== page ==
Lighting Without Strobes | A DIY Solution For Light That Packs A Punch
For photographers who haven’t amassed an array of equipment, eyeing others’ photographic accomplishments in sunlight with punchy fill and bright light that did not originate from that glowing orb in the sky can be envy-inducing as they imagine the possibilities a set of strobes could bring. However, there’s great news for people without a Profoto budget – you can get those results using something you can pick up at any hardware store. Photographer Alexis Cuarezma has a video showing off some impressive results with a simple solution.
THE DIY SOLUTION
Foam insulation, the kind that comes in large rectangular slabs with a highly reflective coating on one side can bounce back incredible quantities of light and are amazingly available and inexpensive. They have a texture similar to that of a Profoto magnum reflector which effectively gathers more light to throw back at your subject than a flat silver surface would. You can spray the other side flat white to double your DIY reflector’s capabilities, but make sure the paint you’re using is appropriate for foam – some spray paints will melt styrofoam. For beginners, this approach also offers an approach to learning lighting where you see your results in real-time and can easily adjust as needed.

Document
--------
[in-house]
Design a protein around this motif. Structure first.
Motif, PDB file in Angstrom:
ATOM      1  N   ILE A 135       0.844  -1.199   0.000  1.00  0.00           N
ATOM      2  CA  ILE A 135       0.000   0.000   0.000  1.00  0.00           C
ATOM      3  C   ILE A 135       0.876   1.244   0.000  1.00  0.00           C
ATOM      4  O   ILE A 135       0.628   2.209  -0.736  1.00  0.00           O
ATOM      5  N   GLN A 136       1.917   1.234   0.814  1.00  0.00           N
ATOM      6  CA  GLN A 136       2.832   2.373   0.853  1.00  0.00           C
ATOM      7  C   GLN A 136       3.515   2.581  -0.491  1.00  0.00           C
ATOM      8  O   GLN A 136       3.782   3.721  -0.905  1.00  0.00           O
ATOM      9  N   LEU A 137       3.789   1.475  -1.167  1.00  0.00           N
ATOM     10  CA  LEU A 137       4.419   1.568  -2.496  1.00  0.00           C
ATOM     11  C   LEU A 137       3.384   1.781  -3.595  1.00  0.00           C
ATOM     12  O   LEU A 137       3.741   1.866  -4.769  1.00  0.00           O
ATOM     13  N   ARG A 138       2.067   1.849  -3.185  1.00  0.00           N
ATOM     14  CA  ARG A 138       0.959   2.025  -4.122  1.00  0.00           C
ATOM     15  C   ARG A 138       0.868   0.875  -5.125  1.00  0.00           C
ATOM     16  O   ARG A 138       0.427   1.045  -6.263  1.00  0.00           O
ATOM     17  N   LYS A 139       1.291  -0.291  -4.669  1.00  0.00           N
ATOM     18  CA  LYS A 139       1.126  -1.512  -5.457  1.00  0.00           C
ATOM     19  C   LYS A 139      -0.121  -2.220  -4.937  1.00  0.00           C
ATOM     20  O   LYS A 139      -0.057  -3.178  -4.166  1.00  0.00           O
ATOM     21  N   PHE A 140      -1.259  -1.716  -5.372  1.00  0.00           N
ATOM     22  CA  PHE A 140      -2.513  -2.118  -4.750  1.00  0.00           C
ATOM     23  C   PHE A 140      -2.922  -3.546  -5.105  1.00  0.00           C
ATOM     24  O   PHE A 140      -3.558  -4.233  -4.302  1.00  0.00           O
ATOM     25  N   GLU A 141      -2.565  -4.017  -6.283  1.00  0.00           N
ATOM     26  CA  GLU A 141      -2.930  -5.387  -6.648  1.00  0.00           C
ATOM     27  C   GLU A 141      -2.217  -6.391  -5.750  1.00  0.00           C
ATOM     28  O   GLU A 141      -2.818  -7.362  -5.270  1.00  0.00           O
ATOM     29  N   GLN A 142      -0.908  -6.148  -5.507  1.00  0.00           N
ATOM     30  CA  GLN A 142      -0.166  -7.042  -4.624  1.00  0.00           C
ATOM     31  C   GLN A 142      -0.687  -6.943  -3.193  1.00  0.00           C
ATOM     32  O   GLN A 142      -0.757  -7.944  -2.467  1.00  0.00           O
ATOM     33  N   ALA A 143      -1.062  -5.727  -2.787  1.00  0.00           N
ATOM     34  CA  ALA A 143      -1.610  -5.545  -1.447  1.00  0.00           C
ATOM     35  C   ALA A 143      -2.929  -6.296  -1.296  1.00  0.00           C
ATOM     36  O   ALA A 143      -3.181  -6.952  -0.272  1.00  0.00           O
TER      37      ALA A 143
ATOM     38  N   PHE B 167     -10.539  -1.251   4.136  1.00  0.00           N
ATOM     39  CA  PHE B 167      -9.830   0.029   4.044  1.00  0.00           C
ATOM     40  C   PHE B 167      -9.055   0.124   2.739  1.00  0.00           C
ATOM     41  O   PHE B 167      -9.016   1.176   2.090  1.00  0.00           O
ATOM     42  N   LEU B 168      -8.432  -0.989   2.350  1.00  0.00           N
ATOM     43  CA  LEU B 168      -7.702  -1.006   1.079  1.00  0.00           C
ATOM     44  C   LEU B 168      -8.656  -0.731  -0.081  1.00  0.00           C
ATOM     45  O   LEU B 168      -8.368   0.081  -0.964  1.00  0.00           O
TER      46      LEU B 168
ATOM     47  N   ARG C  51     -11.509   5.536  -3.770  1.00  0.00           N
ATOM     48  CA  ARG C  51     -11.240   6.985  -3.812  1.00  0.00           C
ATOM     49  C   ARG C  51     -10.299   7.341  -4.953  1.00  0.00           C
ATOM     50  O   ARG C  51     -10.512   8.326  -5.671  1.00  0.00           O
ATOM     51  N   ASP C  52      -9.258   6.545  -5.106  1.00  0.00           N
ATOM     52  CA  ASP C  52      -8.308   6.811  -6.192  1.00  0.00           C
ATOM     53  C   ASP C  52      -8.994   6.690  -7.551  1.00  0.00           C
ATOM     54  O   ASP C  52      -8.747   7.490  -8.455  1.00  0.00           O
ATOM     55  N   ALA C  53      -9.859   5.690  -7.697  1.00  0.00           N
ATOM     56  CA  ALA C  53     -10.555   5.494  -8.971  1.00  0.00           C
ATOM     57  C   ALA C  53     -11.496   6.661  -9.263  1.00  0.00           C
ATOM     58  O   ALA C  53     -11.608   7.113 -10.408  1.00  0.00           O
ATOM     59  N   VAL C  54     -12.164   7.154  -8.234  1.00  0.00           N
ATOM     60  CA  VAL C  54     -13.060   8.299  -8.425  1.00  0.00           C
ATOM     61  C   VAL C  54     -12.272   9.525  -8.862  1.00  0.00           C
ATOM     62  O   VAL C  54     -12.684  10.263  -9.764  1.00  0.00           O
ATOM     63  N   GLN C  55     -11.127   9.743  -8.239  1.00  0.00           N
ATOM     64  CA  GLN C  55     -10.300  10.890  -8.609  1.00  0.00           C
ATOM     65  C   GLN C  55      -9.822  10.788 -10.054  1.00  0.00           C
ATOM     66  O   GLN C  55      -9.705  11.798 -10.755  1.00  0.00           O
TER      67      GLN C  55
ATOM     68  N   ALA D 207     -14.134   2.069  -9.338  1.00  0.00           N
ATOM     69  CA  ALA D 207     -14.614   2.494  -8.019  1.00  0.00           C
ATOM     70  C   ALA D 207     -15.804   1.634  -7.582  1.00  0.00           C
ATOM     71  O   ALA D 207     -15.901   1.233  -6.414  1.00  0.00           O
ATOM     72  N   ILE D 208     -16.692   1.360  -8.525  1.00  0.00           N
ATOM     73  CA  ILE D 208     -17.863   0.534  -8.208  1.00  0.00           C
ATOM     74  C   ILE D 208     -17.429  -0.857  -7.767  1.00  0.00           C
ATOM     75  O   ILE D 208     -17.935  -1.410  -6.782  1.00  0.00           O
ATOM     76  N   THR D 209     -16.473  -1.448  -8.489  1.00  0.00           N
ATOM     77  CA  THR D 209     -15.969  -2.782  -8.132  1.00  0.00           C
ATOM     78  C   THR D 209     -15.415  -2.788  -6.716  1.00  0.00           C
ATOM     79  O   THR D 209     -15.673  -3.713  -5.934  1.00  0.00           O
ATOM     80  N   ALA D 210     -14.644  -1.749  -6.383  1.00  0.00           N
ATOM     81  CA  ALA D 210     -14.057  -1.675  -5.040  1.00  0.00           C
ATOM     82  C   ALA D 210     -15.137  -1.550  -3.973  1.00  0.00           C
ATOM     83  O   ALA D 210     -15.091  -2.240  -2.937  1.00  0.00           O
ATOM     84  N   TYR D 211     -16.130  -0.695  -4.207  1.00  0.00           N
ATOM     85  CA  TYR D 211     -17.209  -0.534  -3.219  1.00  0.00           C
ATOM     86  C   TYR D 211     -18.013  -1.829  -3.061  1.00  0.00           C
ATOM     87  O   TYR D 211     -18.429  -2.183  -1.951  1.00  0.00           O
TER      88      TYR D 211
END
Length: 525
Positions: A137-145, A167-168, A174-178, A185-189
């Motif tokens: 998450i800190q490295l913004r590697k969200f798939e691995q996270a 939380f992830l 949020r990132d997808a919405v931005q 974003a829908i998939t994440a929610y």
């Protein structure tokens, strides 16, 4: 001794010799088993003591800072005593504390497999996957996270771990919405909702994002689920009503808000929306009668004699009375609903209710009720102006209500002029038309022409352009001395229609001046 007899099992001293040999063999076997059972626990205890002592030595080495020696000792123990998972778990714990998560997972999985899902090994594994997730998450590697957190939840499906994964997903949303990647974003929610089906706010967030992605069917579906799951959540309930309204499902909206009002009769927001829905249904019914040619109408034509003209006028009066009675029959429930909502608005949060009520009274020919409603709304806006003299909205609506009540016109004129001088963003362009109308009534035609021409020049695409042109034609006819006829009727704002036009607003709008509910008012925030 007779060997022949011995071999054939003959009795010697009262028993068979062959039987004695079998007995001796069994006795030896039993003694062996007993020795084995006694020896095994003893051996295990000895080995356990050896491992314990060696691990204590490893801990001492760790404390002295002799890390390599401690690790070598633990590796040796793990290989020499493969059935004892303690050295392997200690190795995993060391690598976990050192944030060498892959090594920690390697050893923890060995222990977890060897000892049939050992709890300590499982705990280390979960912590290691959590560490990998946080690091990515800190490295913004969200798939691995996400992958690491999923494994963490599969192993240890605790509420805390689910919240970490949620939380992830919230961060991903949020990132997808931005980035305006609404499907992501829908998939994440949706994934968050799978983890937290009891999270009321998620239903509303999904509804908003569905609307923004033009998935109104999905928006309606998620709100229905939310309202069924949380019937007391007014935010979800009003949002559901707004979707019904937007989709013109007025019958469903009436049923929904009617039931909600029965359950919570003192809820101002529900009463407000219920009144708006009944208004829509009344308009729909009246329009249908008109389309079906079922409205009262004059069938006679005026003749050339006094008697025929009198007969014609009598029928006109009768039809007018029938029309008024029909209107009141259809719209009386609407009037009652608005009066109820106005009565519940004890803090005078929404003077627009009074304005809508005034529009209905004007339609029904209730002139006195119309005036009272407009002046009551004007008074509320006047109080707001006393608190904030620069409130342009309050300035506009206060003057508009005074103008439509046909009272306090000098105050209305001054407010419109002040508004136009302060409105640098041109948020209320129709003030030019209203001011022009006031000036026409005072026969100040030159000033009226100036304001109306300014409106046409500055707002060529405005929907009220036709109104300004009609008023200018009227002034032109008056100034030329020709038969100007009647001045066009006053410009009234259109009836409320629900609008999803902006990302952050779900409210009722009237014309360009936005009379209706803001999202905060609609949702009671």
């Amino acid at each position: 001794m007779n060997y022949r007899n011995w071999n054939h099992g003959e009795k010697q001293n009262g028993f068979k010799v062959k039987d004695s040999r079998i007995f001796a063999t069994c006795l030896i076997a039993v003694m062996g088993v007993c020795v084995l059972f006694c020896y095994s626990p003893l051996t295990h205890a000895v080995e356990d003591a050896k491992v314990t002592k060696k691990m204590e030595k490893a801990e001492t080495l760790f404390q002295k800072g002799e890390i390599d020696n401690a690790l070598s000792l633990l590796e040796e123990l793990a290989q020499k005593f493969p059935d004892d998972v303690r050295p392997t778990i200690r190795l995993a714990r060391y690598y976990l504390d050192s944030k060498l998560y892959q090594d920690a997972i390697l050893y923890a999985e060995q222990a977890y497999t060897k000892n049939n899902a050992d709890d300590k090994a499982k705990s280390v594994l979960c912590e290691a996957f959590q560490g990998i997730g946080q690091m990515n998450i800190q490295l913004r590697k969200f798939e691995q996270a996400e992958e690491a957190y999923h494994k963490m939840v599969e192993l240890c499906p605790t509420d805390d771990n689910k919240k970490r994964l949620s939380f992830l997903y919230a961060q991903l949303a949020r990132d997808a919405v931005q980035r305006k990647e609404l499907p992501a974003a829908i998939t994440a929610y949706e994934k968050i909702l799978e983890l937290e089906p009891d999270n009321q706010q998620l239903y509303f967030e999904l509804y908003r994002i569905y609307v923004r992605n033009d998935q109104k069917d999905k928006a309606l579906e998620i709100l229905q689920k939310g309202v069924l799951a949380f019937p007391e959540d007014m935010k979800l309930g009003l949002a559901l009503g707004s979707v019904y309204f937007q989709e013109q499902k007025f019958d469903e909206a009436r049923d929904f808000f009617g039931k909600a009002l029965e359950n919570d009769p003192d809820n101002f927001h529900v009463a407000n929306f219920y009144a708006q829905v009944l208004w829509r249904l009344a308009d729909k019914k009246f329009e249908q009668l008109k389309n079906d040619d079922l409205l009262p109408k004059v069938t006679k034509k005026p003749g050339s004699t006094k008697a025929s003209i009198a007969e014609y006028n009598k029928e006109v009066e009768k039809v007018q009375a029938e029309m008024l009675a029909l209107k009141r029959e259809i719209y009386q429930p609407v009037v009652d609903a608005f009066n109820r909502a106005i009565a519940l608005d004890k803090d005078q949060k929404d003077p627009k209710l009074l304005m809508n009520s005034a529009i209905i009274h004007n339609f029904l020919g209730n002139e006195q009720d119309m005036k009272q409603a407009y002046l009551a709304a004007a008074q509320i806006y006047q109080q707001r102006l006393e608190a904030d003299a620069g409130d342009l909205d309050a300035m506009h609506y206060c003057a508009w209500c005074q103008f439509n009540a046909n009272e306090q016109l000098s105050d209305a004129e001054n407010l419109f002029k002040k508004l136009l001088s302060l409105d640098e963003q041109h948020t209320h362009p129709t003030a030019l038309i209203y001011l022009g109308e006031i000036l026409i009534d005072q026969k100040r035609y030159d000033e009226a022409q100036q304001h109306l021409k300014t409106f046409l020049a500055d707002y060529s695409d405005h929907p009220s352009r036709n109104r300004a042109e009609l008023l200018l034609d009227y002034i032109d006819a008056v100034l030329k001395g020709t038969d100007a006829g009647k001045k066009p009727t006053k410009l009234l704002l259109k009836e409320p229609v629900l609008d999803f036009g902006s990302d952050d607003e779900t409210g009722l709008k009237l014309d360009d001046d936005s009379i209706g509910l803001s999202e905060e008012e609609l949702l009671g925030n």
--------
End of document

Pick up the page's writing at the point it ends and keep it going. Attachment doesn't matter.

In addition to using foam panels with natural light, they’re also useful in the studio for bouncing strobes if you do own them.
We actually brought you all a similar type of reflector alternative in the post:
It’s worth checking out and to produce results as follows:
There are a couple potential drawbacks, however, the biggest being the size. You can cut them into smaller pieces, but if you want to use them in all of their massive glory on location, you’ll need a vehicle large enough to transport them, or to get crafty with a way to break them down and put them back together once you get to where you’ll be shooting. Not to mention, you’ll need to be able to transport them home from the hardware store in the first place.
Another potential drawback is the flip side to one of their benefits – they’re bright. As in, you may temporarily blind your model as you make them look gorgeous with reflected sunlight glinting off of their skin and retinas. To work around this, just be aware of where you’re pointing that lovely light and keep your models up to speed if they may be about to receive a blast of light in the face.
If you can manage the size, these panels are can be a wonderful DIY alternative to more expensive gear. Even non-strobe products that can produce a similar effect like a California Sunbounce are prohibitively priced for a lot of new photographers and hobbyists who can’t dedicate a large chunk of their income to equipment, so for the price foam panel reflectors really can’t be beat.
Watch Alexis’s video for a few more tips on making the most out of a foam panel reflector and finessing the light.